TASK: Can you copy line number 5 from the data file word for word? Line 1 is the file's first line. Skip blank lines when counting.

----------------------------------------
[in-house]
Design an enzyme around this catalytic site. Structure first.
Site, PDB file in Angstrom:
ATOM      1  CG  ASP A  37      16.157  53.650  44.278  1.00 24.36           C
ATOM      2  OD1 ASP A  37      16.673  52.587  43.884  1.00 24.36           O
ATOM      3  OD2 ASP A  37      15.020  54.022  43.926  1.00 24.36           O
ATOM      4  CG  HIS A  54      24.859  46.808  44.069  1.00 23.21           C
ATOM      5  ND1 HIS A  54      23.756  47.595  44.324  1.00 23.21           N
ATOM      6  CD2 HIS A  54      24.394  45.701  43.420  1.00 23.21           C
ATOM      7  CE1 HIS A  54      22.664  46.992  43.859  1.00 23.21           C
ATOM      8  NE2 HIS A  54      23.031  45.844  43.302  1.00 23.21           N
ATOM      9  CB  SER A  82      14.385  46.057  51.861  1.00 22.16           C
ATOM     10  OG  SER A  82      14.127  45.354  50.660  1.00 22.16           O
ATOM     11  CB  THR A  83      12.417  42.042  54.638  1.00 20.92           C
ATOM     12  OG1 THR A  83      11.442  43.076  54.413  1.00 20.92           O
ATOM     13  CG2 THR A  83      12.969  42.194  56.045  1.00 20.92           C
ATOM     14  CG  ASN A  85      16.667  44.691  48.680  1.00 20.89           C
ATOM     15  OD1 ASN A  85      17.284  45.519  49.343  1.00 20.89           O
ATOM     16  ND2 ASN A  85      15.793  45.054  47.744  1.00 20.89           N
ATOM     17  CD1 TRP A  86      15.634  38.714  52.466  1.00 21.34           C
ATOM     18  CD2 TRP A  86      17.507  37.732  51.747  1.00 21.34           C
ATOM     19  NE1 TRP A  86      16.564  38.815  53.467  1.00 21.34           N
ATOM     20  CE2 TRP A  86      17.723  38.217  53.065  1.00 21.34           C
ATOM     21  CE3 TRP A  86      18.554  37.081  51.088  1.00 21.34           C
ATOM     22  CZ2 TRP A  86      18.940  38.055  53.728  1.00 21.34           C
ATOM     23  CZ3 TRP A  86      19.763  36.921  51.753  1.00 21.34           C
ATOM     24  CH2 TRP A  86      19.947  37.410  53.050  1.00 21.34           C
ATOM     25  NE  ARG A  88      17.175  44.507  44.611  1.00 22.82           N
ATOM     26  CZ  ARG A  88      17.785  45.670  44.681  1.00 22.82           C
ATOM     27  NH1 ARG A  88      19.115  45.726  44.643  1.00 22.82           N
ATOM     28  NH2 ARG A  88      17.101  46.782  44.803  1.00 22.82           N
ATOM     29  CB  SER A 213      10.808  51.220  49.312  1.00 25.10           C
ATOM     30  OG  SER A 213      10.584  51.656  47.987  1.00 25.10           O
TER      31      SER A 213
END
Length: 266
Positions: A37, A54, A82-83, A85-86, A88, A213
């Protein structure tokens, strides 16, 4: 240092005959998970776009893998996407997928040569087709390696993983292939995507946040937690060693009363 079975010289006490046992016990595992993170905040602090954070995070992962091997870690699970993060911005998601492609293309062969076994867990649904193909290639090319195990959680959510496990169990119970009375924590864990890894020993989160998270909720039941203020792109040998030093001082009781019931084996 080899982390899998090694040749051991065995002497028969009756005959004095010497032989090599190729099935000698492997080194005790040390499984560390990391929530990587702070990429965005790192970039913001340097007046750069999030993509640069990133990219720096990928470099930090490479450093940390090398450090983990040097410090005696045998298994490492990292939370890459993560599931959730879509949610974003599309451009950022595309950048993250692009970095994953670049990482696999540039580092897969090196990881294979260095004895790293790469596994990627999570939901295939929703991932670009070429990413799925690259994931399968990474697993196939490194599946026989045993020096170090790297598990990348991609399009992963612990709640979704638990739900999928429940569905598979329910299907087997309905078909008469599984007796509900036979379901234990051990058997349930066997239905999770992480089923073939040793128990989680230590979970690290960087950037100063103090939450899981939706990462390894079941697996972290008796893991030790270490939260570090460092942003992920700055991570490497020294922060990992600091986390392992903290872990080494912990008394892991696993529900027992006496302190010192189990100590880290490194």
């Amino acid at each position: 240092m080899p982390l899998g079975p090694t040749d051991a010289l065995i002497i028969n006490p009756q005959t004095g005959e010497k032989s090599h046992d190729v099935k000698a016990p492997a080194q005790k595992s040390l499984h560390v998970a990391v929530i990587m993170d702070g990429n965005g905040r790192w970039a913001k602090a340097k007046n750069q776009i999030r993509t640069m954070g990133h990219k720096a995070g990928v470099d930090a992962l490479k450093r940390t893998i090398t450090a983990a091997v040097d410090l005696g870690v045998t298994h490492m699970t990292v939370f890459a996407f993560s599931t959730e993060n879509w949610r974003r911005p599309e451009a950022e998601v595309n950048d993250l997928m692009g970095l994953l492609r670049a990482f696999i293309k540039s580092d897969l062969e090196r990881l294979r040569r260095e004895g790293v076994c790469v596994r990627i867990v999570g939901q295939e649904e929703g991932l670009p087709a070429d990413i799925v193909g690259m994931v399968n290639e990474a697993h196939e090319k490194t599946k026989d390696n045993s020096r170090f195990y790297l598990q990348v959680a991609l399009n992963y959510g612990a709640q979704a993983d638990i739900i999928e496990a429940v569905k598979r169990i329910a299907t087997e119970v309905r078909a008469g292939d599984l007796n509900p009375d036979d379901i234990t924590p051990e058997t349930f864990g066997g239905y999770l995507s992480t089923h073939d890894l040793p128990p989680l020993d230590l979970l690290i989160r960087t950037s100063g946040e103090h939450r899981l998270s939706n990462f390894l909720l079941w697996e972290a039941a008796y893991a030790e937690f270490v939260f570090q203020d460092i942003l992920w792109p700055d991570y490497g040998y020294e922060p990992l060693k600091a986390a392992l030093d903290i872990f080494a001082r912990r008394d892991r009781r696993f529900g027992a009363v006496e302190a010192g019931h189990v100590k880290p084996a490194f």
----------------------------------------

ATOM      2  OD1 ASP A  37      16.673  52.587  43.884  1.00 24.36           O